Rapid measurement of perchlorate in polar ice cores down to sub-ng L−1 levels without pre-concentration
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An ion chromatography-electrospray ionization-tandem mass spectrometry (IC-ESI-MS/MS) method has been developed for rapid and accurate measurement of perchlorate in polar snow and ice core samples in which perchlorate concentrations are expected to be as low as 0.1 ng L−1. Separation of perchlorate from major inorganic species in snow is achieved with an ion chromatography system interfaced to an AB SCIEX triple quadrupole mass spectrometer operating in multiple reaction monitoring mode. Under optimized conditions, the limit of detection and lower limit of quantification without pre-concentration have been determined to be 0.1 and 0.3 ng L−1, respectively, with a linear dynamic range of 0.3–10.0 ng L−1 in routine measurement. These represent improvements over previously reported methods using similar analytical techniques. The improved method allows fast, accurate, and reproducible perchlorate quantification down to the sub-ng L−1 level and will facilitate perchlorate measurement in the study of natural perchlorate production with polar ice cores in which perchlorate concentrations are anticipated to vary in the low and sub-ng L−1 range. Initial measurements of perchlorate in ice core samples from central Greenland show that typical perchlorate concentrations in snow dated prior to the Industrial Revolution are about 0.8 ng L−1, while perchlorate concentrations are significantly higher in recent (post-1980) snow, suggesting that anthropogenic sources are a significant contributor to perchlorate in the current environment.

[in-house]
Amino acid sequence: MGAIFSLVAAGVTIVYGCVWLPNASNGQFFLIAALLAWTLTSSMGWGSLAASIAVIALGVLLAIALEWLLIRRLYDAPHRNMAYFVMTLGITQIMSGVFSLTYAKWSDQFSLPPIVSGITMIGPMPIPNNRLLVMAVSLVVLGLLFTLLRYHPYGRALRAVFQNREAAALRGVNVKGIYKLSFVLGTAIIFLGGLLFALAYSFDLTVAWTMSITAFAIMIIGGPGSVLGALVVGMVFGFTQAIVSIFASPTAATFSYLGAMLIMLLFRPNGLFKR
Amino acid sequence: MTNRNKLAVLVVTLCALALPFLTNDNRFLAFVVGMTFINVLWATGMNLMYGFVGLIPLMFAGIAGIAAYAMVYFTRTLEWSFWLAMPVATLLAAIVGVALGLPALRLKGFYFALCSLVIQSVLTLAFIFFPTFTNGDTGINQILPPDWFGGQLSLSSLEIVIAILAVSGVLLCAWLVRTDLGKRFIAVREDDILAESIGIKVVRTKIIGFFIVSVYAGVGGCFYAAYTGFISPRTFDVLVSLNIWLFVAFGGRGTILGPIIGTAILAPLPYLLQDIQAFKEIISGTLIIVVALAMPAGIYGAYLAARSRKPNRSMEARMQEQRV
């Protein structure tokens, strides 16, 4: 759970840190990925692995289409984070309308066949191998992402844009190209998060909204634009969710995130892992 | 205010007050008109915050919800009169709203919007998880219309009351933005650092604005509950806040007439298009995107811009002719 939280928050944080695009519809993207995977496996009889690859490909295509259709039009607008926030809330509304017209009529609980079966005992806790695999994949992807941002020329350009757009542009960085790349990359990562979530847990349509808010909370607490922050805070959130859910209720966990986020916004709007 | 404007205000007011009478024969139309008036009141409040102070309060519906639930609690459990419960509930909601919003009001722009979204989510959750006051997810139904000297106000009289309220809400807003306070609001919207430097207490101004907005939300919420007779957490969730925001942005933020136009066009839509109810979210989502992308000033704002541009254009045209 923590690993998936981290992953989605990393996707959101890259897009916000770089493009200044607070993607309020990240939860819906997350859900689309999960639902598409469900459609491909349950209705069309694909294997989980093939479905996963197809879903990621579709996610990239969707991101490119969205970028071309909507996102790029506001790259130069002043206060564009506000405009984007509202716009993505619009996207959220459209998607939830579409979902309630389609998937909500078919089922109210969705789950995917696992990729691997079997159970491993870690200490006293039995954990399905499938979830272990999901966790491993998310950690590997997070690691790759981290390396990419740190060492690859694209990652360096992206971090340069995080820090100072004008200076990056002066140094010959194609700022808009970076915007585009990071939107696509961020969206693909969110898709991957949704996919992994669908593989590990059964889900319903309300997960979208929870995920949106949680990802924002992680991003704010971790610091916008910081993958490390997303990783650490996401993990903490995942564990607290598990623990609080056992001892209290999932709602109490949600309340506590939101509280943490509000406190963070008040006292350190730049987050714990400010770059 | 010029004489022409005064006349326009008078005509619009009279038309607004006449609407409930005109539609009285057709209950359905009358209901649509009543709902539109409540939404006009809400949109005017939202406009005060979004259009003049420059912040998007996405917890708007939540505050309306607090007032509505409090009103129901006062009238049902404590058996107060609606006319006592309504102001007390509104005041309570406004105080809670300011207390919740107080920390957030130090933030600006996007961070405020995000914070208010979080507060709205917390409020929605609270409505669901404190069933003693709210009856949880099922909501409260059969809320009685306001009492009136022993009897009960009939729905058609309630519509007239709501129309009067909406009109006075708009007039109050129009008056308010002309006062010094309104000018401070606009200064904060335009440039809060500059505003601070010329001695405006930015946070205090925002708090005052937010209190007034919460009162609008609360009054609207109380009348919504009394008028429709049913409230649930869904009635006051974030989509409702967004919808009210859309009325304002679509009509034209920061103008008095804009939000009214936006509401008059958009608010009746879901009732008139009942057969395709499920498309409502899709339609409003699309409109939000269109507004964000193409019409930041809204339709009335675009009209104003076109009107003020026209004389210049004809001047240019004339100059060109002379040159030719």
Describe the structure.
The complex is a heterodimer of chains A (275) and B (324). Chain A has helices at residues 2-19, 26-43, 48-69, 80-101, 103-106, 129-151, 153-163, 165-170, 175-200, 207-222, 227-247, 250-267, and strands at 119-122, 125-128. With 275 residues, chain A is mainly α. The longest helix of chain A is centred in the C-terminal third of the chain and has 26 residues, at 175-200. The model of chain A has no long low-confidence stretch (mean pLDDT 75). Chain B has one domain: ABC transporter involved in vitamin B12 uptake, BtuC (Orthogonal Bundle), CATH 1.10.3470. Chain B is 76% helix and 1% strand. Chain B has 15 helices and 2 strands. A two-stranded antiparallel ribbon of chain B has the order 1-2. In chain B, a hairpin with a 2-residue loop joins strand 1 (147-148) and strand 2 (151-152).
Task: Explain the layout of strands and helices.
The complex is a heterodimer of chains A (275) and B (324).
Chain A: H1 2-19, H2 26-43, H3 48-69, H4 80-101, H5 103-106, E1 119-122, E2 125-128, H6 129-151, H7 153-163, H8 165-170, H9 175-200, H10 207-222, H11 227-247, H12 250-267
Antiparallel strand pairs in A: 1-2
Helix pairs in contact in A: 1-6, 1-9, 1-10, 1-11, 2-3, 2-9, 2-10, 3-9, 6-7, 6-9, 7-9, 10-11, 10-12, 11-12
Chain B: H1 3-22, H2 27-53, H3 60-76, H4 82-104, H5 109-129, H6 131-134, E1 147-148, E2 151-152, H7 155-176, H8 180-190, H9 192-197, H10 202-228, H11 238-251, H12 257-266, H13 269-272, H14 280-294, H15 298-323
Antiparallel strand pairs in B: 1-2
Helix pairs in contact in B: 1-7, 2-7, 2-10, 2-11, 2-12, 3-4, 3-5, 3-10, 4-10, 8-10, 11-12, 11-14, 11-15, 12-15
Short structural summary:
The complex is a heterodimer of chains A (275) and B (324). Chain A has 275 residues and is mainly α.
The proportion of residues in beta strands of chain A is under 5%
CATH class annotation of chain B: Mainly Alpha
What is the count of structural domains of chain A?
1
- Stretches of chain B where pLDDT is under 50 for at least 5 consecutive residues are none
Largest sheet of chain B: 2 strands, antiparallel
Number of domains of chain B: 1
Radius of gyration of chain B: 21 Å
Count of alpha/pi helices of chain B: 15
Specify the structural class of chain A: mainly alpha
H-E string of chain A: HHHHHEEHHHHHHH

KeywordsIce core Ion chromatography-tandem mass spectrometry Perchlorate Pollution Ultra-trace analysis
Funding for this work was provided by US National Science Foundation (Award 1203533; Major Research Instrumentation Award 0922816 for the acquisition of AB SCIEX QTRAP 5500 tandem mass spectrometer). We would like to thank the South Dakota State University Campus Mass Spectrometry Facility and Linhong Jing for technical support and maintenance of the QTRAP 5500 mass spectrometer. We are grateful to Brian Logue, Robert Oda, Randy Jackson, Michael Stutelberg, Brendan Mitchell, and Erica Manandhar, of the Department of Chemistry and Biochemistry, South Dakota State University, for their assistance in this project.
Conflict of Interest
The authors declare that they have no conflict of interests.
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